This large goods and mineral terminus served a quayside on the River Clyde.
It was built with a considerable fan of rails finishing at the quayside. The terminus replaced the earlier, and smaller, depot at Windmillcroft Quay, which was to the east. The quayside was approached by eight groups of sidings and a quayside line was reached by turnplates. There were four cranes.
The site was re-built several times. It was to have nine approach lines and include Mavisbank Quay and the Princes Dock to the west and Springfield Quay and the Kingston Dock to the east, all rail served.
Latterly, after refitting as a iron ore terminus in the 1950s, it was a coal and iron ore import terminal largely used in connection with the Clyde Iron Works and the new Ravenscraig Steel Works. There were three large cranes, a conveyor system and large loading shed.
The scale of the site can be gauged by its being approached by a railway eight tracks wide to the south and that the Caledonian Railway (who owned it), North British Railway and Glasgow and South Western Railway all made use of it, the latter two approaching by the jointly owned City of Glasgow Union Railway.
The site was closed in 1978 on the opening of the Hunterston Ore Terminal but much of it remained intact, including the approach railway, until 1987.
Little remains of the terminus now, the west of the site now being occupied by housing and east by the Springfield Quay development. The large cutting carrying the approach lines has been infilled and a light industrial estate built.
Shields Road [Subway]
Shields Road [GPJ]
Shields Road [CGU]
Kinning Park [Subway]
West Street [Subway]
Charing Cross [GC and DR]
Central Station Broomielaw Hoist
Glasgow Central Low Level
Bridge Street [Subway]
| General Terminus Quay|
Lancefield Diesel Engine Works
Hyde Park Works [1st]
South Dock Foundry
Stobcross Street Tunnel
Stobcross East Junction
|Location names in dark blue are on the same original line.|
|/ /1846||General Terminus and Glasgow Harbour Railway|
Act receives Royal assent. Line from General Terminus, a depot on the south bank of the River Clyde, to West Street Junction (Govan and Polloc Railway), Strathbungo Junction (Glasgow, Barrhead and Neilston Direct Railway) and Shields Junction No 1 (Glasgow and Paisley Joint Railway).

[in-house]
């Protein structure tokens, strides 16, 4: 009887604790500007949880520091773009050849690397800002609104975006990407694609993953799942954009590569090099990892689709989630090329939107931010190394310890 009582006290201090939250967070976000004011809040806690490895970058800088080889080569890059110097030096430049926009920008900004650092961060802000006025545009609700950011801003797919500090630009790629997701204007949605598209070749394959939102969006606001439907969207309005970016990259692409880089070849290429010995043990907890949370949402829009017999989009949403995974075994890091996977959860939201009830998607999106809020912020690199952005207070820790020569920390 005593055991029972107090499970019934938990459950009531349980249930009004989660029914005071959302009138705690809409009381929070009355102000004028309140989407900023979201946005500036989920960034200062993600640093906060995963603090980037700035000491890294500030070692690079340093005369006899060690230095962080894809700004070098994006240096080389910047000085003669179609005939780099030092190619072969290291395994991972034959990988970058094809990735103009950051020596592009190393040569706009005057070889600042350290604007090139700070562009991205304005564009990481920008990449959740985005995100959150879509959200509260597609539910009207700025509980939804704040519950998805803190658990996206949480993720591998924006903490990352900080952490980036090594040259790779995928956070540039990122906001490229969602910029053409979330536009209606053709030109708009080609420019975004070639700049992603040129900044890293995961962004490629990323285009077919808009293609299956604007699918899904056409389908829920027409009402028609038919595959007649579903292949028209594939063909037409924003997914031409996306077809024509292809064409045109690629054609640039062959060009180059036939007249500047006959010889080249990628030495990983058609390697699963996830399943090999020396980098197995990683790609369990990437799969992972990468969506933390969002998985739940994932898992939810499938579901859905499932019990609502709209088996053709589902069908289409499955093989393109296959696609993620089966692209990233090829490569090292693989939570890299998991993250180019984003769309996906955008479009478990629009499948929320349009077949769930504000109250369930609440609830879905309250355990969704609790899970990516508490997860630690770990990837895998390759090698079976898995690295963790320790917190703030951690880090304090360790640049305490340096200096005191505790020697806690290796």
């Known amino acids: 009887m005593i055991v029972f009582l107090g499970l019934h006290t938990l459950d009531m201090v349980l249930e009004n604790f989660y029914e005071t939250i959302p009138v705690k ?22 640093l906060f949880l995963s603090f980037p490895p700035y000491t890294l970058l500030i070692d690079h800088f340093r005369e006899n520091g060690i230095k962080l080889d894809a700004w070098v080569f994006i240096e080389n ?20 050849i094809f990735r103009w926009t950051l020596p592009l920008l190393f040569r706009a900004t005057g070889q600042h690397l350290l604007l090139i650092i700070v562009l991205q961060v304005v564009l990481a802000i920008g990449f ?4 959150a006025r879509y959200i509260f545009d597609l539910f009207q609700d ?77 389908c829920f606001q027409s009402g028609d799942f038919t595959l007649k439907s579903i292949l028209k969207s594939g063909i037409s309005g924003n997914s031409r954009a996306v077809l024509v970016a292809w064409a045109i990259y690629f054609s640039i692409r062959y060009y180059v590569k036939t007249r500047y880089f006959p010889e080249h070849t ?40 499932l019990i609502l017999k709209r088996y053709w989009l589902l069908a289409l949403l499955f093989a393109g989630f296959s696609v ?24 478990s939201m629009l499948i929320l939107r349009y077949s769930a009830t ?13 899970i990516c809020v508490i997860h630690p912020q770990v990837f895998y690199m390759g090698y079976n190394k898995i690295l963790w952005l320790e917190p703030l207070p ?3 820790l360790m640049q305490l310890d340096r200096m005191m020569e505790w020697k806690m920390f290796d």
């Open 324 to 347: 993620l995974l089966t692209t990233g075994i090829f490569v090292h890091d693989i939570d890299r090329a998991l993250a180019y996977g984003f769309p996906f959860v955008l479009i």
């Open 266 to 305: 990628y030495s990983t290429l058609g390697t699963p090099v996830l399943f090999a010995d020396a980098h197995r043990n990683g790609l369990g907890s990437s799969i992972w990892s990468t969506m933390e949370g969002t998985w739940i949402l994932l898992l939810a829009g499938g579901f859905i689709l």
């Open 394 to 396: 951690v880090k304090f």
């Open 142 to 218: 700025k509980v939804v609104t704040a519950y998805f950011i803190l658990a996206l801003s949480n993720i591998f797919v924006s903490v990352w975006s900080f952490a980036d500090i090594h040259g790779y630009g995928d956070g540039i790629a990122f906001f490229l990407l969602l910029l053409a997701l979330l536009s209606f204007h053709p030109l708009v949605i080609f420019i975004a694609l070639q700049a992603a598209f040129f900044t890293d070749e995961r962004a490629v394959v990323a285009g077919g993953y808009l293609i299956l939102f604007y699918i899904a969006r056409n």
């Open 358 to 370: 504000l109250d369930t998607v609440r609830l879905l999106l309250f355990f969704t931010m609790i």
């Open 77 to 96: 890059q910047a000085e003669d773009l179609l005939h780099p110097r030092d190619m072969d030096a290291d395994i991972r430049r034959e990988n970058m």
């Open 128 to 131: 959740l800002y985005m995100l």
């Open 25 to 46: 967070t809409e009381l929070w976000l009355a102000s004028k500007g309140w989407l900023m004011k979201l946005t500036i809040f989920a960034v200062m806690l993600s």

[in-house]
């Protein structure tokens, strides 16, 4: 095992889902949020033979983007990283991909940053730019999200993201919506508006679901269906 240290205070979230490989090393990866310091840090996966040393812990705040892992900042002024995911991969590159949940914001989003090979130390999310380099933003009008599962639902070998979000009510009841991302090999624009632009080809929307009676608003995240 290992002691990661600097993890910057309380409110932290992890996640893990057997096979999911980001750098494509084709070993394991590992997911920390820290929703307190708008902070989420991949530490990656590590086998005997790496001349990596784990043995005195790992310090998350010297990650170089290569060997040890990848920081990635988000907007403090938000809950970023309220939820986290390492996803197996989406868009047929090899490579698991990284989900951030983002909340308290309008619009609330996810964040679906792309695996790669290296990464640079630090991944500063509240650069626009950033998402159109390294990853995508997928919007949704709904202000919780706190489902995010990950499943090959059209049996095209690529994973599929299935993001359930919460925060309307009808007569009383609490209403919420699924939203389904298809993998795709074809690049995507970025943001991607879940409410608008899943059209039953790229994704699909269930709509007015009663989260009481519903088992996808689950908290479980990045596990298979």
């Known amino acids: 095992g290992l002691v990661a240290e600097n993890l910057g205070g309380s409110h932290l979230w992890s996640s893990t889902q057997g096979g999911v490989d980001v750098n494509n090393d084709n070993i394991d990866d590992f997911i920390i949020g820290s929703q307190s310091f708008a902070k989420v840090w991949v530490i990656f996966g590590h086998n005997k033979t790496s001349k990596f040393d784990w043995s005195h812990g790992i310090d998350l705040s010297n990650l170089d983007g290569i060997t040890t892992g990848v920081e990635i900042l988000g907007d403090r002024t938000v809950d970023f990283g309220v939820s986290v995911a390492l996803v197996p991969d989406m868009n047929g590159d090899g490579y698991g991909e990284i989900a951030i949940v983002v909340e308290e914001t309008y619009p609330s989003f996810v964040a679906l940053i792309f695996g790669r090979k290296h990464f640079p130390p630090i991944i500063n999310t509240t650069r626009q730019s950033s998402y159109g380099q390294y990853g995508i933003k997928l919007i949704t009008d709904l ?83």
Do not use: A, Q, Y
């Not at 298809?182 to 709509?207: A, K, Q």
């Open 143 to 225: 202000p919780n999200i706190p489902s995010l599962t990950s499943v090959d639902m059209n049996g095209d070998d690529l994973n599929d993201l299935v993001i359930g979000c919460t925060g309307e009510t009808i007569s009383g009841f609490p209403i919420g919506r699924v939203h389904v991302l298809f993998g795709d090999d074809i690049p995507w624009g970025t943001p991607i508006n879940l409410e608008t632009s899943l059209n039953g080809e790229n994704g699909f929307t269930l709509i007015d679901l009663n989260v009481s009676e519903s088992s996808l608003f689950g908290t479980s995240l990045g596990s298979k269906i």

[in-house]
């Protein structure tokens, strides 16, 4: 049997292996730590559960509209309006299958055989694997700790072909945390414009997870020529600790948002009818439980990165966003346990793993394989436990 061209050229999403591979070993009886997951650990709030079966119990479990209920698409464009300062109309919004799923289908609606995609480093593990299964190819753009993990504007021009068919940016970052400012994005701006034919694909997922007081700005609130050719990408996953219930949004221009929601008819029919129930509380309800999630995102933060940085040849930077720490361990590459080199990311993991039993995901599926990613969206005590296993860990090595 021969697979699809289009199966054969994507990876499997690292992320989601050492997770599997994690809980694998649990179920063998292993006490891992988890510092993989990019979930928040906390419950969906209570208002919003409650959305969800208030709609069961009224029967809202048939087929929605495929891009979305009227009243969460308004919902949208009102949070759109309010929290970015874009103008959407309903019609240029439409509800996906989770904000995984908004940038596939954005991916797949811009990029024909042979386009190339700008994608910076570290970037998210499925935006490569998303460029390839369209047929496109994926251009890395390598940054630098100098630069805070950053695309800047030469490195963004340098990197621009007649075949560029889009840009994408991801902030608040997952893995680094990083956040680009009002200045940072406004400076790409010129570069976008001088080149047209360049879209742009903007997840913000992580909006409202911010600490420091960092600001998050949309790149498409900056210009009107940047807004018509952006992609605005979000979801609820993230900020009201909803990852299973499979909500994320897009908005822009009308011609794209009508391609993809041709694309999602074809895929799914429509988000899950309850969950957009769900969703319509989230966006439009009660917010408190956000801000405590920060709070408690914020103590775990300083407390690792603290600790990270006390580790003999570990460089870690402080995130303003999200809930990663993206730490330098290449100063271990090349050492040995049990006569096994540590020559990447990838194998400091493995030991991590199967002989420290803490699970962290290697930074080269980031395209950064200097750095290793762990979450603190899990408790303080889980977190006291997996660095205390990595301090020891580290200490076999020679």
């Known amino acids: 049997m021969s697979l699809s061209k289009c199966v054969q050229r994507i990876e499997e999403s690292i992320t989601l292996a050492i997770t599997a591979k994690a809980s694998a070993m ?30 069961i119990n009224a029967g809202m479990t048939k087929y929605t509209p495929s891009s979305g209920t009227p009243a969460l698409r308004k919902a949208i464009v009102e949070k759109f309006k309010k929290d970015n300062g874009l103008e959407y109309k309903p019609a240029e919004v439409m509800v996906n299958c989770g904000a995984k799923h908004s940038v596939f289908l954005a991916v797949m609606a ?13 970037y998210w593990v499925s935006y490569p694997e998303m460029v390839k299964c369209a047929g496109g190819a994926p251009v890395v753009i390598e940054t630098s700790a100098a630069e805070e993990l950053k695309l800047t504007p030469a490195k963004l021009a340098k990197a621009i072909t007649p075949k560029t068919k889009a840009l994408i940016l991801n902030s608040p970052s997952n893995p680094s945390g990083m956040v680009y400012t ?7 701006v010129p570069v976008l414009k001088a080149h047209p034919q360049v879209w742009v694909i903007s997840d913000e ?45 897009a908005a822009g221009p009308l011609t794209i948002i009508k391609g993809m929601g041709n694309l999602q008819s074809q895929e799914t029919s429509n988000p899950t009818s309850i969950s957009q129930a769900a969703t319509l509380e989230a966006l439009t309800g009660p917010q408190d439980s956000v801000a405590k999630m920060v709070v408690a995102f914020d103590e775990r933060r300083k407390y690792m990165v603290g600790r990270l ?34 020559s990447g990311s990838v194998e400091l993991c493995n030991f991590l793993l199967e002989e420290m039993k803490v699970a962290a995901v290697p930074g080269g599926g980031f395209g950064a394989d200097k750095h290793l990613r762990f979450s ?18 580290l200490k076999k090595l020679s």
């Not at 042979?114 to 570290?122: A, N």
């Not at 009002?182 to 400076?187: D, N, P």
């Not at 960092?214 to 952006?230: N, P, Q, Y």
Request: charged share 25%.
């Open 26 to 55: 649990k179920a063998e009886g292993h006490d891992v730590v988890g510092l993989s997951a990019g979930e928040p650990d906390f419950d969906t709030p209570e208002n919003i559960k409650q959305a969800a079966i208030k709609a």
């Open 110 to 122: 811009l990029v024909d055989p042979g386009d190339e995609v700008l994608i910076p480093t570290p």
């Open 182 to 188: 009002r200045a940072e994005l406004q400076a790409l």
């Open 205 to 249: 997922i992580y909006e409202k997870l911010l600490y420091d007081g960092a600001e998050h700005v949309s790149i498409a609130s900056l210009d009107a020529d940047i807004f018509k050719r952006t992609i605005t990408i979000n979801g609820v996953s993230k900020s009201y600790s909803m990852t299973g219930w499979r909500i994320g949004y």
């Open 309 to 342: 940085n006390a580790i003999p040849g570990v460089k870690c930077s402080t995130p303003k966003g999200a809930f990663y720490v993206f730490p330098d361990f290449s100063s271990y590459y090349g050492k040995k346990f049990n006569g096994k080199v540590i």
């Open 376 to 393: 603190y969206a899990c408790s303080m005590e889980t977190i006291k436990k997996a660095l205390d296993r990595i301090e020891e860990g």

|/ /1846||Polloc and Govan Railway|
Clyde Terrace (south bank of River Clyde) branch approved. Not built. (General Terminus opened instead.)
|/ /1847||General Terminus and Glasgow Harbour Railway|
General Terminus confirmed as the River Clyde terminal, rather than other locations promoted in 1846 such as Clyde Terrace.
|30/03/1849||General Terminus and Glasgow Harbour Railway|
West Street Junction (Govan and Polloc Railway) to Shields Junction No 1 (Glasgow and Paisley Joint Railway) and General Terminus opened. Curve to Strathbungo Junction (Glasgow, Barrhead and Neilston Direct Railway) opened.
|20/10/1892||General Terminus and Glasgow Harbour Railway|
Authorisation allows passenger trains to use Strathbungo Junction to General Terminus.
|/ /1893||William Baird and Company|
Purchase mines at Santander, North Spain and the Monte de Hierro mineral field in south Spain. This traffic was initially received at General Terminus (Glasgow Harbour), but the harbour commissioners soon had plans for a new facility at Rothesay Dock served by the Rothesay Dock Branch (North British Railway and Caledonian Railway).
|/ /1958||Ravenscraig Steel WorksGeneral Terminus and Glasgow Harbour Railway|
General Terminus re-built for importing coal and iron ore as the facilities at Rothesay Dock and the Rothesay Dock Branch (North British Railway and Caledonian Railway) were not sufficient.
|/ /1962||Ravenscraig Steel Works
General Terminus and Glasgow Harbour Railway|
Coal and Iron ore trains from General Terminus swap from steam to 2 class 20s.